Desk set up with laptop, mug, phone and notebook

In the last six weeks we have all experienced big changes to our daily routines as we get used to working and studying from home. As students, you may have swapped the library study booths for a wobbly coffee table, a desk in your bedroom, or even an ever-shrinking corner of the dining room table. On the plus side, you have all your home comforts at your fingertips. On the downside, you have all your home comforts at your fingertips!

There’s still books to be read, assignments to complete, and that dissertation isn’t going to write itself. Here are the Learning Hub’s top tips for successful studying from home:

  1. Have a dedicated study space. It’s hard to focus on your work when you have children’s toys (and children) spread across the floor, the TV on in the background, or you can see the ever-growing ironing pile out of the corner of your eye. Try and keep a clear desk where you can easily locate books and notes. It’s also handy to keep saved online resources and links organised too.
  2. Put some clothes As tempting as it is to spend all day in your PJs, you’ll be in a better frame of mind for working if you get dressed – even if it’s just into your tracksuit bottoms and an old T-shirt.
  3. Take regular breaks. Okay, we know you might be swapping Starbucks for the kitchen and the SU shop for the fridge, but breaks for snacks and cups of tea are vital. Boris says you can exercise once a day – use it, even if it’s just to go for a walk, get some fresh air and clear your head. Your body and your mind will thank you for it!
  4. Avoid procrastination. Write a timetable to help you stay on track and set yourself mini deadlines for the different stages of your assignment. Procrastination is linked to…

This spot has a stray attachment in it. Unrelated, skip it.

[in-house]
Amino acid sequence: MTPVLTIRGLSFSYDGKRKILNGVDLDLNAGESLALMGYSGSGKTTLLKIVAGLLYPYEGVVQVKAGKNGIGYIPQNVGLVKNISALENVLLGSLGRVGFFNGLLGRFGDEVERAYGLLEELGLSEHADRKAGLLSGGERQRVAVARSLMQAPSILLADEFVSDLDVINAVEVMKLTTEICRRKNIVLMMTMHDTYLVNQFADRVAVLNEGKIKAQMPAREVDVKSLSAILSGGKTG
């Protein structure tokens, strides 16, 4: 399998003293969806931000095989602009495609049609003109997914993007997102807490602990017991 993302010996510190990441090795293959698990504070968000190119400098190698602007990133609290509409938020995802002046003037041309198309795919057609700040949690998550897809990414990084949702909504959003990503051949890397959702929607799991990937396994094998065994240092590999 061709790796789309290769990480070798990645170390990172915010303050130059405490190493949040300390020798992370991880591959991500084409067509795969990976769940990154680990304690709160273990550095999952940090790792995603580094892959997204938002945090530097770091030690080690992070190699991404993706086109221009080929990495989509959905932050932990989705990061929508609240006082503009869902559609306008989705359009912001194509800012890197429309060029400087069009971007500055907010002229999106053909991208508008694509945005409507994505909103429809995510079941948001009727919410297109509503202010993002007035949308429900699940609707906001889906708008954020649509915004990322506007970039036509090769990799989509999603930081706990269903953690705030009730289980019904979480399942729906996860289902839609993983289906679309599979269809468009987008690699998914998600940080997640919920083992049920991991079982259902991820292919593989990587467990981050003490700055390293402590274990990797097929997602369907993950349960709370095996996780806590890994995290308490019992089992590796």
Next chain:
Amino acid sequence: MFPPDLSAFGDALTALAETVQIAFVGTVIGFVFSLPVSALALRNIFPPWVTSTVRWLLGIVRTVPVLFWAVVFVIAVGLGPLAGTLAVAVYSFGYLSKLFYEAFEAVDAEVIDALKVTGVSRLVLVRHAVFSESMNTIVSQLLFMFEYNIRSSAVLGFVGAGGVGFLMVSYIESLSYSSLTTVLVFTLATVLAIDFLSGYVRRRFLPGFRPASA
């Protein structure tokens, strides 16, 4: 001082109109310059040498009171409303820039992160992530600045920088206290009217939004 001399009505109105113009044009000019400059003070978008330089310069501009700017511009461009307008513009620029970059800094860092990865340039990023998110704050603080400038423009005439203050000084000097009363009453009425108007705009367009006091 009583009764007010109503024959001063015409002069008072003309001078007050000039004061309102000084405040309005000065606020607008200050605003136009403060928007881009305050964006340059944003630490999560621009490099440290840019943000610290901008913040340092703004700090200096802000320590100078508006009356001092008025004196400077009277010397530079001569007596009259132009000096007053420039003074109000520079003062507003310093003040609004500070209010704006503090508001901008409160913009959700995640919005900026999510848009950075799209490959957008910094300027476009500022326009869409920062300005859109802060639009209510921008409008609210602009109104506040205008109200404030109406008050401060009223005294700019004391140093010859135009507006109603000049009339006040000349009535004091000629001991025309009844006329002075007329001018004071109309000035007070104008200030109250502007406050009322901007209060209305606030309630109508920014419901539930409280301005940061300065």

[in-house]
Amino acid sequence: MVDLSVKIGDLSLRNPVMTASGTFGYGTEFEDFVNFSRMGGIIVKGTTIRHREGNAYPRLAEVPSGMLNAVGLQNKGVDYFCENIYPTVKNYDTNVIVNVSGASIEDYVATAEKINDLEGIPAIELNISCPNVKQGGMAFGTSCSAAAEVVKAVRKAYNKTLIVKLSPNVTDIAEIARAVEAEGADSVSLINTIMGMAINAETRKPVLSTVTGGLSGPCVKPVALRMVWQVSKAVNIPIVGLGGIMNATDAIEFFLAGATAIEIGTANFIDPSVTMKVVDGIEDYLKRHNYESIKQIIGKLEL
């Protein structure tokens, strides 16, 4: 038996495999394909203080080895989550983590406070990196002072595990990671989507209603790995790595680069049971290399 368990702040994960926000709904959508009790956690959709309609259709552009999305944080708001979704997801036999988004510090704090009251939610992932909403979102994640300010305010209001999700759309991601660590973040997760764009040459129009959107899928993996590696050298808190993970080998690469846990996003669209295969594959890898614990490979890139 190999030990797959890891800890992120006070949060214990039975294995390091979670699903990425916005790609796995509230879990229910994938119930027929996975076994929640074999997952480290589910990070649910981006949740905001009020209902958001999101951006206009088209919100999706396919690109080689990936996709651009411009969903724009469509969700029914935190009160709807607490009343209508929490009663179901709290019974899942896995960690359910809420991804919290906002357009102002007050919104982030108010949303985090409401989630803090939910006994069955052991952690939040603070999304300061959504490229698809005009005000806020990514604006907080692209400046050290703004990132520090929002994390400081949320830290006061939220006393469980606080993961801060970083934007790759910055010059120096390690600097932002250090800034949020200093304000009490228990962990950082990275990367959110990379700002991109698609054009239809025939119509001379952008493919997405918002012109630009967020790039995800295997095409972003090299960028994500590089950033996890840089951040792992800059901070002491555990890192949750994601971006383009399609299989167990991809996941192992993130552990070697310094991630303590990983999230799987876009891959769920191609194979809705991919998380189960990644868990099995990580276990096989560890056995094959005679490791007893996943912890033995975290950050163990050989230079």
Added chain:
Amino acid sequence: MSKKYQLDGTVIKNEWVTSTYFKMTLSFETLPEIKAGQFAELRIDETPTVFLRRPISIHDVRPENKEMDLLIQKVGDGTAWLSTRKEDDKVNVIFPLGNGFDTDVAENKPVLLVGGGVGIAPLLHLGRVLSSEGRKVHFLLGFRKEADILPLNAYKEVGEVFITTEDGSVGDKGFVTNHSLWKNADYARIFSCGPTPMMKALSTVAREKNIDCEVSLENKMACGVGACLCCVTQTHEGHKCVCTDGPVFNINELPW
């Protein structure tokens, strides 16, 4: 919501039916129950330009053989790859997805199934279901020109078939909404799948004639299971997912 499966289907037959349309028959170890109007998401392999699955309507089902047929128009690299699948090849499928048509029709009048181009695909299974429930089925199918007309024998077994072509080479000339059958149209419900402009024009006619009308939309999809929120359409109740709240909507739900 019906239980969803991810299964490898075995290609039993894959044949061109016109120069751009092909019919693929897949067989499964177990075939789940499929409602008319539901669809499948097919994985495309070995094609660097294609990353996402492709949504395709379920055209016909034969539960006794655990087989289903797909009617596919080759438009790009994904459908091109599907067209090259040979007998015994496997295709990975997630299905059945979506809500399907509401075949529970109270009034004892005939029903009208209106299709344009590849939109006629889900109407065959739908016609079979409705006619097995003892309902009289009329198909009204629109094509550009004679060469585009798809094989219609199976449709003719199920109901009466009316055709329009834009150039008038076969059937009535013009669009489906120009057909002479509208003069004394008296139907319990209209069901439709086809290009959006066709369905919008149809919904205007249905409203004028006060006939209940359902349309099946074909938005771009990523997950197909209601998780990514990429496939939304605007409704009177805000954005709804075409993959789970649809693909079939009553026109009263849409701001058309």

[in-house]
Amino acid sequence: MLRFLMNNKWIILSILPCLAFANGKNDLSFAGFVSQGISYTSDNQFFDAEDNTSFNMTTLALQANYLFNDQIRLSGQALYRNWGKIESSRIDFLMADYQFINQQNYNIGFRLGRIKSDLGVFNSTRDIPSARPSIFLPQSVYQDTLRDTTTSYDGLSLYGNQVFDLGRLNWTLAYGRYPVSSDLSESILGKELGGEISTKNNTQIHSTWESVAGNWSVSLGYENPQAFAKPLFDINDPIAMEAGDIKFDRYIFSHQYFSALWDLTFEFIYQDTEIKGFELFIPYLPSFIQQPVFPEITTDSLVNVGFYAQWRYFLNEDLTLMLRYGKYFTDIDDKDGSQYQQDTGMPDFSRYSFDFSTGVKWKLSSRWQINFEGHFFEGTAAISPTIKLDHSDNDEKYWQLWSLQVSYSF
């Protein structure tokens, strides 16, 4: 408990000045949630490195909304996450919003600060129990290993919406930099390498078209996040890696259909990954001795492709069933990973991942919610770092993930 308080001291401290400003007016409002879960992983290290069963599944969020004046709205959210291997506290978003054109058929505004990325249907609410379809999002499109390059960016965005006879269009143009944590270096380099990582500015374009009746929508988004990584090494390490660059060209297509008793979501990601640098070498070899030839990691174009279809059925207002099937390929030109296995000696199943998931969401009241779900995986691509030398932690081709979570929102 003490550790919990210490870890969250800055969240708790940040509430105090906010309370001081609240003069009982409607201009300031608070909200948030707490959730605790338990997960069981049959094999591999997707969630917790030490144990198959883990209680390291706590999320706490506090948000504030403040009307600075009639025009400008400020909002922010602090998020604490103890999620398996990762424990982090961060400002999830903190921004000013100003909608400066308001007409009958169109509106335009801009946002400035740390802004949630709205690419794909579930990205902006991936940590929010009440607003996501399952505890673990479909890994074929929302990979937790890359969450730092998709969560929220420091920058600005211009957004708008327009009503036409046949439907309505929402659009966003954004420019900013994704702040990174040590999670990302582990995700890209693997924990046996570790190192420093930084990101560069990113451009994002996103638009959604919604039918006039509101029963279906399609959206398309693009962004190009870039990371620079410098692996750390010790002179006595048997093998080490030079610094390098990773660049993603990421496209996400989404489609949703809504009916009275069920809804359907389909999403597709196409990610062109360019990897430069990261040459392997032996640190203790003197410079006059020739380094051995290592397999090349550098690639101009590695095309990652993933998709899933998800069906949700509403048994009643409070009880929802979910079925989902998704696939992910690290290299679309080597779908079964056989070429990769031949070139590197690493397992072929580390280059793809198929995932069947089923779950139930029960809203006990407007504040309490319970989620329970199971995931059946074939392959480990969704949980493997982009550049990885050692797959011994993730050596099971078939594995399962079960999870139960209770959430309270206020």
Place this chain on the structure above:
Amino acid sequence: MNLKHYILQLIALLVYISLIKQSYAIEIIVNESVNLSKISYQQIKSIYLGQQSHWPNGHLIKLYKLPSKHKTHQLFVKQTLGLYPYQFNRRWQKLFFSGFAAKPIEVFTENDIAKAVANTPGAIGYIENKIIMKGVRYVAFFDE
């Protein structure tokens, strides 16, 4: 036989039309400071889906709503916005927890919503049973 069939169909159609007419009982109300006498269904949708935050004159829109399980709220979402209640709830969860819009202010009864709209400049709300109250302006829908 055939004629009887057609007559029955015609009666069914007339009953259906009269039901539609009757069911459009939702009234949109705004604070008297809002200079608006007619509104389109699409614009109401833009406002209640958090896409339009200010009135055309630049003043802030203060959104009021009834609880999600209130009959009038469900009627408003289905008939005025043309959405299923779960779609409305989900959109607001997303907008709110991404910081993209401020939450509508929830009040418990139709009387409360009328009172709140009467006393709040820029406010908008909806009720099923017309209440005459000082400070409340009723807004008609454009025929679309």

5. Distractions. Our homes are full of distractions, and you’re more likely to procrastinate the more distractions you have. Switch off your phone and block social media sites on your laptop with this useful app.
  6. Motivate yourself with rewards. Watch a bit of TV, give yourself some social media time, read a book that isn’t related to your course, go outside, get a snack, make a coffee. Save that Netflix series everyone’s talking about for the evening, when you’ve had chance to do a good chunk of work.Another app you can try is Forest, which helps you to stay motivated by planting a tree every time you put down your phone. However, if you pick up your phone, you will undo all your good work and kill your carefully-nurtured creation.
  7. Keep in touch. There is still plenty of support available to you. Set up group chats with course mates, maintain contact with your lecturers, and make use of email feedback from the Learning Hub (learninghub@leedstrinity.ac.uk).

Above all, stay positive and stay safe. Enjoy spending time with your family or housemates if you’re locked down together, enjoy the nice weather from your garden or while exercising, and come out of this with your batteries recharged and reinvigorated to make the most of your studies.

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